CAF mum on ZIFA protest

Thulani Sibandze

Thulani Sibandze

Petros Kausiyo Deputy Sports Editor
ZIFA’S bid to have the Confederation of African Football (CAF) review their CHAN qualifier against Namibia appears to have to have hit a snag, with the continental body remaining mum on the appeal, while arranging second round fixtures scheduled for this weekend. The association officially appealed to CAF to revisit the game, particularly the penalty shoot-out incident in which Swaziland referee Thulani Sibandze made a monumental technical error that had a huge bearing on the outcome of the match.

CAF have since suspended Sibandze and his assistant Petros Mbingo over the incident.

ZIFA had appealed to CAF with a prayer to have the result possibly rescinded and a replay ordered.

ZIFA chief executive Joseph Mamutse, who sent the two-page appeal letter to CAF, said yesterday that they had been left literary “waiting for the rain’’ by the continental body.

“There has been nothing in terms of any response from CAF, so at the moment that there is nothing we can do except wait. I don’t know where to start from until we hear from CAF,’’ Mamutse said.

While Mamutse and ZIFA were left waiting, CAF went ahead to confirm the second round fixtures, with Namibia, who edged the Warriors 5-4 in that shoot-out, being pencilled in to meet Comoros Islands.

Comoros will host the first leg of that second round at the Stade de Moroni tomorrow, with the Brave Warriors receiving the Indian Ocean islanders in the reverse fixture at Sam Nujoma Stadium on August 20.

It also emerged from CAF sources that the continental body would not act on the ZIFA appeal, on a technicality.

The sources indicated that CAF had evoked a clause in the Laws of the Game in deciding to let Namibia advance while they dealt with Sibandze.

“CAF will just deal with the match officials through their ways of handling such cases.’’

In terms of a clause in Law 5, the referee’s decision is final and cannot be changed even if he has erred in executing his on-field rulings.

Law 5, which specifically deals with the referee, states that:

“The decision of the referee regarding the facts connected with play, including whether or not a goal is scored and the result of the match are final. The decisions of the referee and other match officials must always be respected.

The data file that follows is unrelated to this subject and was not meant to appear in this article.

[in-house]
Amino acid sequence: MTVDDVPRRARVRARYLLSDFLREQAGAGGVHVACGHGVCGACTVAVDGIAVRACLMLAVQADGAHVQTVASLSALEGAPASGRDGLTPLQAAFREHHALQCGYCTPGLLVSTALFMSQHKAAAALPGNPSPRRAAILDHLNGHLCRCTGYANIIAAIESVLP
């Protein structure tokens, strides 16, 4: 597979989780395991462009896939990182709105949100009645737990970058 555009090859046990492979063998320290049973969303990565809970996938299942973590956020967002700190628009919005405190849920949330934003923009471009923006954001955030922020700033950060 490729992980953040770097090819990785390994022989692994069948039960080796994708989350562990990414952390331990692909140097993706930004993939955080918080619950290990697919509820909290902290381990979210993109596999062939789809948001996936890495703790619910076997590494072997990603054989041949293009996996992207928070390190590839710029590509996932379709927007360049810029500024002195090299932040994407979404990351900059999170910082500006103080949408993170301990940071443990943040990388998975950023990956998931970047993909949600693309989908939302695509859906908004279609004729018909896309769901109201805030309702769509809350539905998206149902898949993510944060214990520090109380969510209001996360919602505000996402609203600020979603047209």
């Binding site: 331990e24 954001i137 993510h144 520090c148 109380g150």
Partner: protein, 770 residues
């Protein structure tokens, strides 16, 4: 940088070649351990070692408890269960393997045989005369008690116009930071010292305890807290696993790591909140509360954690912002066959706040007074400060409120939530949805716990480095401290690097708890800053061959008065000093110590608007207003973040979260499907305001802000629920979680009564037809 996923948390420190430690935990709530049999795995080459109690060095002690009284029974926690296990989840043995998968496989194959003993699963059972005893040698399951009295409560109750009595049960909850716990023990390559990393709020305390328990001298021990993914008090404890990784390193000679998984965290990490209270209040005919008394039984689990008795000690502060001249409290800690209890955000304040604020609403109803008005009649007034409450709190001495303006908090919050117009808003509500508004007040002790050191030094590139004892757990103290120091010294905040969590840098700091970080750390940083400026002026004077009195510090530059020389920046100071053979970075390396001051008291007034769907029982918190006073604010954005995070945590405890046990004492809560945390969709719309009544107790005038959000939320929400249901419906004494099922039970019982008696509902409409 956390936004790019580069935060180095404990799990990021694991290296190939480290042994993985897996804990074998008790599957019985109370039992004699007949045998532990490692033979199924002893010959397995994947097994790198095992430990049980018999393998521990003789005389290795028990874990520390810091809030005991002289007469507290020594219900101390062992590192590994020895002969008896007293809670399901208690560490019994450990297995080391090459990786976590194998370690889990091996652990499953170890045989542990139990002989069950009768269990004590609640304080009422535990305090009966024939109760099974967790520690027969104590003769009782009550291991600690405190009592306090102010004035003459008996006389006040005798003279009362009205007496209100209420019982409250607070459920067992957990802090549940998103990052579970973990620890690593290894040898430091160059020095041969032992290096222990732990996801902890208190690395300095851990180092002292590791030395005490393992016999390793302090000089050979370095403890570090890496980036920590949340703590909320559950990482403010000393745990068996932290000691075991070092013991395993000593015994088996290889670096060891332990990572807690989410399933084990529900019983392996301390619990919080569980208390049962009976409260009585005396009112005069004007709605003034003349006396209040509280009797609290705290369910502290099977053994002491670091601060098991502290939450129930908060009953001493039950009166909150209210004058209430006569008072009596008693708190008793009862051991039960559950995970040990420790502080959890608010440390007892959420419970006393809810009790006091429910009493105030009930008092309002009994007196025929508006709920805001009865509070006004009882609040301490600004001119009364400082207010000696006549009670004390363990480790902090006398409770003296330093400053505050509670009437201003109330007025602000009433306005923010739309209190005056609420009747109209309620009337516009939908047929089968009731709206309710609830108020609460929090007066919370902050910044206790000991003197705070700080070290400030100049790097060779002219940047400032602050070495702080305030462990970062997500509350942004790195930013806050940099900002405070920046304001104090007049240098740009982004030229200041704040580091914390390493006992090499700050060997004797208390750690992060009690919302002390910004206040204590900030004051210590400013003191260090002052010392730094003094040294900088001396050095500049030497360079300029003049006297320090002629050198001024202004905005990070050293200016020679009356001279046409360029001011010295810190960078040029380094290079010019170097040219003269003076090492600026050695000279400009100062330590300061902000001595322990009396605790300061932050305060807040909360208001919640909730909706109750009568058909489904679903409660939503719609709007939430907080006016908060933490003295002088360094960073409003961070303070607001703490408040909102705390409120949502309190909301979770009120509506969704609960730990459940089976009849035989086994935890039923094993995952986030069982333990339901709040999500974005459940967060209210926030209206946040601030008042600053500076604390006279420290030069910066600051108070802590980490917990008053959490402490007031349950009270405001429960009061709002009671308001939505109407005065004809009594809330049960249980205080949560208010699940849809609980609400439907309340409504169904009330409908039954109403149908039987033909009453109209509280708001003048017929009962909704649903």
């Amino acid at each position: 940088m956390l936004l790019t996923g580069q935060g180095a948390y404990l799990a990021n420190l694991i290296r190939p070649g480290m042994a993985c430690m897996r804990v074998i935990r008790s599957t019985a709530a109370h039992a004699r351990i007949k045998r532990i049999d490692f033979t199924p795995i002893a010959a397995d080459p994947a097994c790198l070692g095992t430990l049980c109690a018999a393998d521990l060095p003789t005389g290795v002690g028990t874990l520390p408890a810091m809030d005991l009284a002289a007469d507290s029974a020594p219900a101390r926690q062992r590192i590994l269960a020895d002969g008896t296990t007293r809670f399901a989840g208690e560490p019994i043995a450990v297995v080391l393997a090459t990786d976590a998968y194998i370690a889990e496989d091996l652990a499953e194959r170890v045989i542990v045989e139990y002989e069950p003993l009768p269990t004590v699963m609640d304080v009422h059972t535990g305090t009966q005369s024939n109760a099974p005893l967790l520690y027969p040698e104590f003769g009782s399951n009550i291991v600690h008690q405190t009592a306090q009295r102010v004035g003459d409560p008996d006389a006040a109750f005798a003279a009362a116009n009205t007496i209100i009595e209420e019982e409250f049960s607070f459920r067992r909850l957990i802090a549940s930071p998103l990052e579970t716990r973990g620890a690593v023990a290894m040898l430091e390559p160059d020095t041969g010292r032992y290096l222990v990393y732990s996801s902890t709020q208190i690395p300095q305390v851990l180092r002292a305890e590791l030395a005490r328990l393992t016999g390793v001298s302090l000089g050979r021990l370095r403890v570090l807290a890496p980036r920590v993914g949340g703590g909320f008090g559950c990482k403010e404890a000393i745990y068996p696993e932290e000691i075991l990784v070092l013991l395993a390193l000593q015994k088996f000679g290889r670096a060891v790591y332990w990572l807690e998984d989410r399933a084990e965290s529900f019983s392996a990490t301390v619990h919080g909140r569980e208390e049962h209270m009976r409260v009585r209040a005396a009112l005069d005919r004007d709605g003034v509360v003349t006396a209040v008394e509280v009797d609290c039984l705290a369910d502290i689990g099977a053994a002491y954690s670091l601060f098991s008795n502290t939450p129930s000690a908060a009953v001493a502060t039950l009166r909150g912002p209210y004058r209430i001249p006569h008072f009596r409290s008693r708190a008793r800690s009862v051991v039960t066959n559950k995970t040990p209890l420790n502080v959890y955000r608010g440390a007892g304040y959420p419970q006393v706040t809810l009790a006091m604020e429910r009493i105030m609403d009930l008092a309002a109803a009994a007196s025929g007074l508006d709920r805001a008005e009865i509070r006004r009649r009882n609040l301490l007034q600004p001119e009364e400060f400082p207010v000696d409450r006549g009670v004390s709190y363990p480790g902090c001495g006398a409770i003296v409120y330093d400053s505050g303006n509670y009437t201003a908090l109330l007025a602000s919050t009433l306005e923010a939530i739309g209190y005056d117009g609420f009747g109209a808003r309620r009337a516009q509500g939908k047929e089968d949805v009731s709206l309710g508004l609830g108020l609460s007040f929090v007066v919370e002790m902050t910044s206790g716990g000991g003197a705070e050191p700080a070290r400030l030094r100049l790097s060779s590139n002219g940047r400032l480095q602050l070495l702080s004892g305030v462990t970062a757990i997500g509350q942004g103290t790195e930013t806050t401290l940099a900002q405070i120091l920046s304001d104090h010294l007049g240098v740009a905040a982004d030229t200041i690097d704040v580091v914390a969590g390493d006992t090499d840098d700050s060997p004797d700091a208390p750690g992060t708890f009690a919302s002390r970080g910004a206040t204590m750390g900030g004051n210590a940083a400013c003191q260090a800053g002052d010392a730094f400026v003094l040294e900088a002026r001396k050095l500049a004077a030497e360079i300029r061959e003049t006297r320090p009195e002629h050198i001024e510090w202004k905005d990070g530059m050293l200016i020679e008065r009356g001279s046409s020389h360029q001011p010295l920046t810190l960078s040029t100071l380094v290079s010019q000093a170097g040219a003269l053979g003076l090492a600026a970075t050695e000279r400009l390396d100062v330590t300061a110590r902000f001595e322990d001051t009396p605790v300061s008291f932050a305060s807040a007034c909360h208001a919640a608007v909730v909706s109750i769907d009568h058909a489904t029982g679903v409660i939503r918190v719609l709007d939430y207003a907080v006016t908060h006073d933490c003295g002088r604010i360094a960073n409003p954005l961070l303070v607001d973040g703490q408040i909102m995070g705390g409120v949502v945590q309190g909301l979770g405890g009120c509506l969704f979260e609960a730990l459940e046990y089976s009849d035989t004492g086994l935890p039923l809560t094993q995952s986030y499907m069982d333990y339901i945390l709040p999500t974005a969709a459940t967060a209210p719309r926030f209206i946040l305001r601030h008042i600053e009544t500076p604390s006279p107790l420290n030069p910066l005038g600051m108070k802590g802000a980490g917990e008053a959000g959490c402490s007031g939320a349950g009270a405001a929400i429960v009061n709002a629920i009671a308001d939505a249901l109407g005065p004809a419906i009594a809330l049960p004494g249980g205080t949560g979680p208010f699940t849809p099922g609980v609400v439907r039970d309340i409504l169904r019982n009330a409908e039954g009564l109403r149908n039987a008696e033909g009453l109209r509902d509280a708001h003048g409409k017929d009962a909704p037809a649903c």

“It is a fundamental principle that match officials’ decisions must always be respected (even when they are incorrect),’’ reads the Law.

However, FIFA ordered a replay of the 2006 World Cup qualifier between Bahrain and Uzbekistan after a referee made a technical error.

UEFA also ordered a replay between England Under-19 and Norway Under-19 after another technical error by the referee in a Euro Under-19 Championship.

CAF have also been known to have the questionable way of acting long after matches were played.

Last year, the organisation let Congolese giants AS Vita proceed as far as qualifying for the group stages of the CAF Champions League, after knocking out Mamelodi Sundowns in the second round.

The Congolese side were thrown out for using an ineligible player in their preliminary round win over Tanzanian side Mafunzo.

AS Vita even went on to beat Ferroviario Maputo in the first round before eliminating Sundowns, with the South African giants falling into the CAF Confederation Cup, where they were eliminated by Medeama of Ghana.

But CAF ruled that AS Vita had used an ineligible player in a preliminary round match and reinstated Sundowns into the group stages of the Champions League, with the South Africans going on to win the tournament.

In the 2006 CAF Champions League, CAPS United defeated Inter Star of Burundi in the preliminary round and went on to play a first round, first leg tie against Raja Casablanca of Morocco, which they lost 0-1 in Casablanca.

But before the second leg could be played in Harare, CAF ruled that the Green Machine had used ineligible players in the victory over the Burundi side and expelled CAPS United from the tournament while reinstating Inter Star, who then faced Raja Casablanca.

The Senegalese Football Federation, just like ZIFA, also sent a letter of protest to CAF, but have not been given any feedback by the continental football governing body.

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